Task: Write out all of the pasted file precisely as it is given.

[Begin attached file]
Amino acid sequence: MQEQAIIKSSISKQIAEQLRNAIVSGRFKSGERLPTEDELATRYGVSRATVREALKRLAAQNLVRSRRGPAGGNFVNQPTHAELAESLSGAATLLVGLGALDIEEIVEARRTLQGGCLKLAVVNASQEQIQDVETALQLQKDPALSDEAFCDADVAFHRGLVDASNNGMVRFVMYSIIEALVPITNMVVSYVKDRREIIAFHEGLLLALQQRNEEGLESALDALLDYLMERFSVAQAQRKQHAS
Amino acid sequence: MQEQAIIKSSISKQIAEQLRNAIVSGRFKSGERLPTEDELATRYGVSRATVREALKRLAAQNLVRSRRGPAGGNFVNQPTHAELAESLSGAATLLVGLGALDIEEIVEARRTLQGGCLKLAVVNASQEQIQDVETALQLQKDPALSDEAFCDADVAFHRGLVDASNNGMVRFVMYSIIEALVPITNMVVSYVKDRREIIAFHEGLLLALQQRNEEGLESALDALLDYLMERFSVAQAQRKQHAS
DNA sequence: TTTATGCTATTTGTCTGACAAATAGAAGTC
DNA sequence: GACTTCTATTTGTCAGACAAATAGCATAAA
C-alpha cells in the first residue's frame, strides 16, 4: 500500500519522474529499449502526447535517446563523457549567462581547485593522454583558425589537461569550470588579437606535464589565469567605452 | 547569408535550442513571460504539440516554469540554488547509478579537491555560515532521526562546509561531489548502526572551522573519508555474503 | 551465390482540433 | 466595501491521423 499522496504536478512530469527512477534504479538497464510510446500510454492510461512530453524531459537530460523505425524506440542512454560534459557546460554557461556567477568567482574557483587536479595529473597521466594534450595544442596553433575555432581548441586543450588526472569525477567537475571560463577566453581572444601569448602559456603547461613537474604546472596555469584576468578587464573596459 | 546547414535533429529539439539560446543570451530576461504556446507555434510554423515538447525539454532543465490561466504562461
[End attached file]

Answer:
Amino acid sequence: MQEQAIIKSSISKQIAEQLRNAIVSGRFKSGERLPTEDELATRYGVSRATVREALKRLAAQNLVRSRRGPAGGNFVNQPTHAELAESLSGAATLLVGLGALDIEEIVEARRTLQGGCLKLAVVNASQEQIQDVETALQLQKDPALSDEAFCDADVAFHRGLVDASNNGMVRFVMYSIIEALVPITNMVVSYVKDRREIIAFHEGLLLALQQRNEEGLESALDALLDYLMERFSVAQAQRKQHAS
Amino acid sequence: MQEQAIIKSSISKQIAEQLRNAIVSGRFKSGERLPTEDELATRYGVSRATVREALKRLAAQNLVRSRRGPAGGNFVNQPTHAELAESLSGAATLLVGLGALDIEEIVEARRTLQGGCLKLAVVNASQEQIQDVETALQLQKDPALSDEAFCDADVAFHRGLVDASNNGMVRFVMYSIIEALVPITNMVVSYVKDRREIIAFHEGLLLALQQRNEEGLESALDALLDYLMERFSVAQAQRKQHAS
DNA sequence: TTTATGCTATTTGTCTGACAAATAGAAGTC
DNA sequence: GACTTCTATTTGTCAGACAAATAGCATAAA
C-alpha cells in the first residue's frame, strides 16, 4: 500500500519522474529499449502526447535517446563523457549567462581547485593522454583558425589537461569550470588579437606535464589565469567605452 | 547569408535550442513571460504539440516554469540554488547509478579537491555560515532521526562546509561531489548502526572551522573519508555474503 | 551465390482540433 | 466595501491521423 499522496504536478512530469527512477534504479538497464510510446500510454492510461512530453524531459537530460523505425524506440542512454560534459557546460554557461556567477568567482574557483587536479595529473597521466594534450595544442596553433575555432581548441586543450588526472569525477567537475571560463577566453581572444601569448602559456603547461613537474604546472596555469584576468578587464573596459 | 546547414535533429529539439539560446543570451530576461504556446507555434510554423515538447525539454532543465490561466504562461